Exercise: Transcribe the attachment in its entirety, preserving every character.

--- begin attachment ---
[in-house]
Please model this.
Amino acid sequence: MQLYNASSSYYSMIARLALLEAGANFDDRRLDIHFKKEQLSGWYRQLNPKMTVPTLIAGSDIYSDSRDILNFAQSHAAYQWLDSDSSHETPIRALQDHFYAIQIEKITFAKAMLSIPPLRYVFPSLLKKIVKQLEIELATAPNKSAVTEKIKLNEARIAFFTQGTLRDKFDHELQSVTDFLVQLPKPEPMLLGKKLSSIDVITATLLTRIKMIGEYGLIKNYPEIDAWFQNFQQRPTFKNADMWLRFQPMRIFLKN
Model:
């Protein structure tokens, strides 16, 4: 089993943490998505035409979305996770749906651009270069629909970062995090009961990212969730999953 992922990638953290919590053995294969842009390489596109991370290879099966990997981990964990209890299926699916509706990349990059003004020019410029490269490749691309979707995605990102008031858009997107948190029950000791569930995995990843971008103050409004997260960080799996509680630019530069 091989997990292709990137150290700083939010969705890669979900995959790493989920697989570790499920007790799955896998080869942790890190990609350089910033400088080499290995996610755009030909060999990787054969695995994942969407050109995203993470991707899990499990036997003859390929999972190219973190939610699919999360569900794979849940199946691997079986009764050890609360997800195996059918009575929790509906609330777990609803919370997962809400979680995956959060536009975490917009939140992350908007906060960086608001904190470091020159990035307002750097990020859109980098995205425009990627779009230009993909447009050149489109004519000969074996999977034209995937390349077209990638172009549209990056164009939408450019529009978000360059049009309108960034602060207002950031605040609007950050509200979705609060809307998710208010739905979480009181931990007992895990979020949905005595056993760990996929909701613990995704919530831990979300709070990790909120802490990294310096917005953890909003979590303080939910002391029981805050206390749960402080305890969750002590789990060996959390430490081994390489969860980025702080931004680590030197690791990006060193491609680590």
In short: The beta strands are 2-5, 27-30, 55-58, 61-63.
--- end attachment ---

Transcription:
[in-house]
Please model this.
Amino acid sequence: MQLYNASSSYYSMIARLALLEAGANFDDRRLDIHFKKEQLSGWYRQLNPKMTVPTLIAGSDIYSDSRDILNFAQSHAAYQWLDSDSSHETPIRALQDHFYAIQIEKITFAKAMLSIPPLRYVFPSLLKKIVKQLEIELATAPNKSAVTEKIKLNEARIAFFTQGTLRDKFDHELQSVTDFLVQLPKPEPMLLGKKLSSIDVITATLLTRIKMIGEYGLIKNYPEIDAWFQNFQQRPTFKNADMWLRFQPMRIFLKN
Model:
């Protein structure tokens, strides 16, 4: 089993943490998505035409979305996770749906651009270069629909970062995090009961990212969730999953 992922990638953290919590053995294969842009390489596109991370290879099966990997981990964990209890299926699916509706990349990059003004020019410029490269490749691309979707995605990102008031858009997107948190029950000791569930995995990843971008103050409004997260960080799996509680630019530069 091989997990292709990137150290700083939010969705890669979900995959790493989920697989570790499920007790799955896998080869942790890190990609350089910033400088080499290995996610755009030909060999990787054969695995994942969407050109995203993470991707899990499990036997003859390929999972190219973190939610699919999360569900794979849940199946691997079986009764050890609360997800195996059918009575929790509906609330777990609803919370997962809400979680995956959060536009975490917009939140992350908007906060960086608001904190470091020159990035307002750097990020859109980098995205425009990627779009230009993909447009050149489109004519000969074996999977034209995937390349077209990638172009549209990056164009939408450019529009978000360059049009309108960034602060207002950031605040609007950050509200979705609060809307998710208010739905979480009181931990007992895990979020949905005595056993760990996929909701613990995704919530831990979300709070990790909120802490990294310096917005953890909003979590303080939910002391029981805050206390749960402080305890969750002590789990060996959390430490081994390489969860980025702080931004680590030197690791990006060193491609680590």
In short: The beta strands are 2-5, 27-30, 55-58, 61-63.